Support is also important for your child. Teenagers are notorious for discounting the advice of their parents. They may also be too embarrassed to ask for certain kinds of advice. I don’t know many teenagers who are happy to talk to their parents about their crushes! It can be helpful to have other adult role models to who your children can turn to. These role models could be sports coaches, aunts or uncles, older cousins, or supervisors from activities your child is interested in. Whilst it is important that your children don’t learn to rely on these role models too heavily, your child will really value a second opinion and advice from someone they look up to and trust.
Having friends of a similar age can also be extremely helpful and comforting. However, other children may not understand and can distress your child unintentionally. Meetings and playdates with peers should be supervised for this reason.

As this blog has focused on ‘coping’, it may seem overly negative (and for that, I apologise). But on a happier note, children do behave well too! When these little miracles occur, make sure to praise your children. Positive reinforcement is also vital, and when your child goes out of their way to behave in a particular manner, it is valuable for them to know that you both noticed and appreciated it. Everybody deserves a thank you now and then! If you decide to reward your child, pick a reward that reflects their interests or hobbies. This is more motivating than a generic reward, and it will encourage your child to achieve more goals.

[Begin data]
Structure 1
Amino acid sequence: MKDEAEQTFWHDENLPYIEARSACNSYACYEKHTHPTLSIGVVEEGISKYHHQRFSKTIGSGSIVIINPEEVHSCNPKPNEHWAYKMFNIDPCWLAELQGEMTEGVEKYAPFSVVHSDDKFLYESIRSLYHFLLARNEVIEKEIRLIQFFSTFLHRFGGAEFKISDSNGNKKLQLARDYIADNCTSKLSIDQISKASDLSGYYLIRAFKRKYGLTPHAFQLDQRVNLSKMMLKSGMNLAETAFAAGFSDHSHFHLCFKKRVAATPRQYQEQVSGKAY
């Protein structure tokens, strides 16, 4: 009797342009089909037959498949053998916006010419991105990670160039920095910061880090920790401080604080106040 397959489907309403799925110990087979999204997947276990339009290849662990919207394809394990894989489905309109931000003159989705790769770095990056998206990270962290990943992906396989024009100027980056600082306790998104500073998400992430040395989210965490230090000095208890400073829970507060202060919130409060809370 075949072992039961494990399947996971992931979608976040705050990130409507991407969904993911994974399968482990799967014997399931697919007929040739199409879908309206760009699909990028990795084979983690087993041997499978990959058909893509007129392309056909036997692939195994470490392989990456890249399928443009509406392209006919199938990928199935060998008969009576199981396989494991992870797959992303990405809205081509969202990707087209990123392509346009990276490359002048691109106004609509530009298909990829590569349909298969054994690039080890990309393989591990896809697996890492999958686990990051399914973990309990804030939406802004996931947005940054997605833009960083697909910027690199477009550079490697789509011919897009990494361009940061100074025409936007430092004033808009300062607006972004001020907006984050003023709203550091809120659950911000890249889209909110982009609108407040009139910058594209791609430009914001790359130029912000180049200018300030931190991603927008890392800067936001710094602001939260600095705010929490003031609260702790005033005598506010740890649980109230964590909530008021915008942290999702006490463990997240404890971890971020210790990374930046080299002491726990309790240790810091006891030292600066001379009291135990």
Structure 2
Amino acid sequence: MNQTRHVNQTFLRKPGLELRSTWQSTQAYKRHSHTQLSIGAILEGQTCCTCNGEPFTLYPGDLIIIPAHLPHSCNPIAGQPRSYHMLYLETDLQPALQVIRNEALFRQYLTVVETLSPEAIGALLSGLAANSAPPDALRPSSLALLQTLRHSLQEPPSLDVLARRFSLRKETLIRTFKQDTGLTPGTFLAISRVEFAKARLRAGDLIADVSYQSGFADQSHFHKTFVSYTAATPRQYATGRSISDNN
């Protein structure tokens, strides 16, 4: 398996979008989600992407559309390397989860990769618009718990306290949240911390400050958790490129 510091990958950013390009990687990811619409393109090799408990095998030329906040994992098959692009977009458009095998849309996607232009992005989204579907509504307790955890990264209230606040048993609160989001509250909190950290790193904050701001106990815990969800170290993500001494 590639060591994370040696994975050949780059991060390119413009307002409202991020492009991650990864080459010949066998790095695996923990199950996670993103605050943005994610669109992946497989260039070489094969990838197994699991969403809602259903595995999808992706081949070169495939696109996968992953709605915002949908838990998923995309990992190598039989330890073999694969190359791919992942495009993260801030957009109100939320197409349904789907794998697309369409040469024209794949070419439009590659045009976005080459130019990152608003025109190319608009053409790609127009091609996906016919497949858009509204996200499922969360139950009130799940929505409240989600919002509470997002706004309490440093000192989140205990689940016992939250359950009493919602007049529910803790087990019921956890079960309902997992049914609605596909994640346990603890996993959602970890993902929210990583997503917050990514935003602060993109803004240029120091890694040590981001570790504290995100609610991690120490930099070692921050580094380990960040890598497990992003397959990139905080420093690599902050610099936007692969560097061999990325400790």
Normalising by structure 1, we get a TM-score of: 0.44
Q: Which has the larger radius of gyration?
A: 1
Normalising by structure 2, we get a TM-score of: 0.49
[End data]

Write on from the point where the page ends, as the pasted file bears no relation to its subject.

Remember that it is ok to feel overwhelmed. It is ok to ask for help if you feel like this or need help in certain situations. Both you and your child need to keep this in mind. Struggling in silence will not help anyone.
Some days are particularly trying and can feel like repeatedly running into a brick wall. A good idea is to set a word or gesture that can be relayed when either you or your child need a break. This is helpful if you feel a conversation is going in circles, or if one or both parties are becoming tense and emotional. It can be beneficial to calm down, organise your thoughts and think about the situation on your own. You know the feeling, after a disagreement when you think up fantastic points that you wish you had said at the time? This gesture allows you to do just that! Time to gather your thoughts in a tranquil manner allows for perspective and avoids unhelpful arguing in the heat of the moment and a clear presentation between both parties of how you felt, why, and how to avoid this next time.

Finally, do not waste time trying to be the ‘perfect parent’. There is no such thing. It is more important to try and understand your child, and do what is best for them. All we can ever do is try and by doing that you are already being a great parent!

Written by Livvy Jefferson